She turned off the car and shucked her six hundred dollar shoes, leaving them on the bench in the front entry. A soak in the hot tub would feel glorious, but she’d probably pass out and drown. She stripped off her abused pantsuit, dumped it into the trash, and took a cool shower to clear her mind. It only made her more edgy.
Ari was coming.
She refused to look at her reflection in the mirror as she dried off, and then walked circles in her dressing room. She slipped into a breezy cotton shift and tried to make herself sit still.
Ari was coming.
She could feel his unique energy in the subtle pressure shifts of the salty sea air that was his Guardian element.
Fatigue sat like two boulders yoked across her shoulders, but her pulse wouldn’t listen. Wouldn’t let her mind relax and seek the rejuvenation that was critical to her existence. She arranged her still-damp hair into the low chignon that Ari had always called her proper librarian bun.
Damn him for all the memories.
She paced in front of the windows. Breathe.
Her hands balled into fists as she ran down the stairs and rushed out into the mid-afternoon sunshine. Her bare feet sank into the warm sand as she made her way toward the surf. Her heart revved and sweat pooled between her breasts. Panic—fresh, hot, breathless—flared to life, and she froze, as she always did, ten feet from the water’s edge. The waves retreated, barrel-rolling tiny shells and strands of seaweed across the sand. She exhaled with a shudder.
The water element was her gift, yet her fear of the ocean—feeling the water rise up her ankles to drag her down and swallow her whole—nearly crippled her.
Such a paradox.
She stepped back five more steps and began to collect seashells, their smooth surfaces normally so soothing against her fingertips.
Now, each one gathered meant she was that much closer to facing Ari.
She sang an old Hawaiian song under her breath as the wind picked up, stirring loosened hairs from her bun as though pulled by Ari’s fingers. He’d always taken her hair down, pin by pin. He said he loved to undo her.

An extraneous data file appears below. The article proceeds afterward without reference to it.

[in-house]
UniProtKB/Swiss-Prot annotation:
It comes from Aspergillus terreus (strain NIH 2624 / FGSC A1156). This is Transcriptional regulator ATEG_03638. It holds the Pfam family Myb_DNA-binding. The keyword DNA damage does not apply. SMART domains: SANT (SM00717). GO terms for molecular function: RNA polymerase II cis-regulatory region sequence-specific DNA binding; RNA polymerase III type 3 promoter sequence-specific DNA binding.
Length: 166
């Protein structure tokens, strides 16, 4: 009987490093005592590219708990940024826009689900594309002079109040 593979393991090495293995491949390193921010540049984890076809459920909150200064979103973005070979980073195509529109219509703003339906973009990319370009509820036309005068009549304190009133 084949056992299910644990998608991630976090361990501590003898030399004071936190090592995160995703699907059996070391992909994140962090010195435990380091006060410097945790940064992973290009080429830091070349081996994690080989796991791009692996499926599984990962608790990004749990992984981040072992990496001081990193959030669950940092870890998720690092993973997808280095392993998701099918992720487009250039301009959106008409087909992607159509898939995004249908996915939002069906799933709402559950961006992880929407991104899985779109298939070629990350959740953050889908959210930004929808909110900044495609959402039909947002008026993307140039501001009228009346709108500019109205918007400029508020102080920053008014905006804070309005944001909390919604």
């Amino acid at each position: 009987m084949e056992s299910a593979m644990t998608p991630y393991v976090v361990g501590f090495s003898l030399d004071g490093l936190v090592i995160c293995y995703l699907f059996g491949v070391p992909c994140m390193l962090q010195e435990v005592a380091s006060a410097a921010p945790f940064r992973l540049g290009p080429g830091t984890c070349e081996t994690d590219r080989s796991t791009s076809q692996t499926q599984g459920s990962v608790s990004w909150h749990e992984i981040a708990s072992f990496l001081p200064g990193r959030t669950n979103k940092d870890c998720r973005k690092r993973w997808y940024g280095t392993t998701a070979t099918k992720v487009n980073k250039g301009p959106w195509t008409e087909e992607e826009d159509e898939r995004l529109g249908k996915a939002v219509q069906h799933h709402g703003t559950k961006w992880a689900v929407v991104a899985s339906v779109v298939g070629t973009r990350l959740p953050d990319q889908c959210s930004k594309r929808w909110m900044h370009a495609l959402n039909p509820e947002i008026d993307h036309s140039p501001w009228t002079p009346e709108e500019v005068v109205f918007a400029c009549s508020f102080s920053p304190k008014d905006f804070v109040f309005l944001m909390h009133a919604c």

Oh, how he’d succeeded.
Her shadow lengthened on the sand. She looked out over the ocean as dark, moody clouds overtook the sun. Ari? Her heart skidded to a halt, then jackknifed in her chest, restarting at an impossible pace. An unnatural wind drove the waves higher, crashing violently against the sand, forcing her to retreat until she stumbled in the sand ten steps from her lanai. This abrupt weather change had to be him.
She pushed back up to her feet and swung around to look out over the ocean.
I hate him for always making me feel. I hate…
Right there, standing before her on the wet sand. Still so rawly masculine. Always aware of his ridiculous appeal. Always smirking, though this time there was an edge of cruelty to the curve of his lips. White shirt, bare feet, and tan trousers rolled up and wet around the ankles, as though he hadn’t just come from the frozen Himalayas.
He never felt the cold. Or self-loathing.
Must be nice to be born a Viking.
Her name fell deep and liquid from his lips, disorienting her. He stepped forward, crushing her in his arms, swinging her around. She grew dizzy from the motion and his sensual laughter. Memories poured through her. She let them come. Lost herself in the wonder, joy, and eventual heartbreak of them, knowing she was a fool for doing so.
Energy shot into her sinews, cleared the pathways in her mind, balanced her tummy, and heavens, she felt better than she had in ages.
Too bad they were so wretchedly unsuited.
She pushed out of his arms, conjuring a geyser of cold water to blast him in the back of the head. He shook the water out of his eyes, and his sun-streaked blonde hair—longer than she’d ever seen it—flung water droplets every which way as he laughed in that captivating way.
His laughter was as intoxicating as his kiss.
She turned abruptly and forced herself not to dash into the house. He grabbed her hand, swinging her back around, the wild blue of his eyes clouding abruptly. “No more walls, Kat.”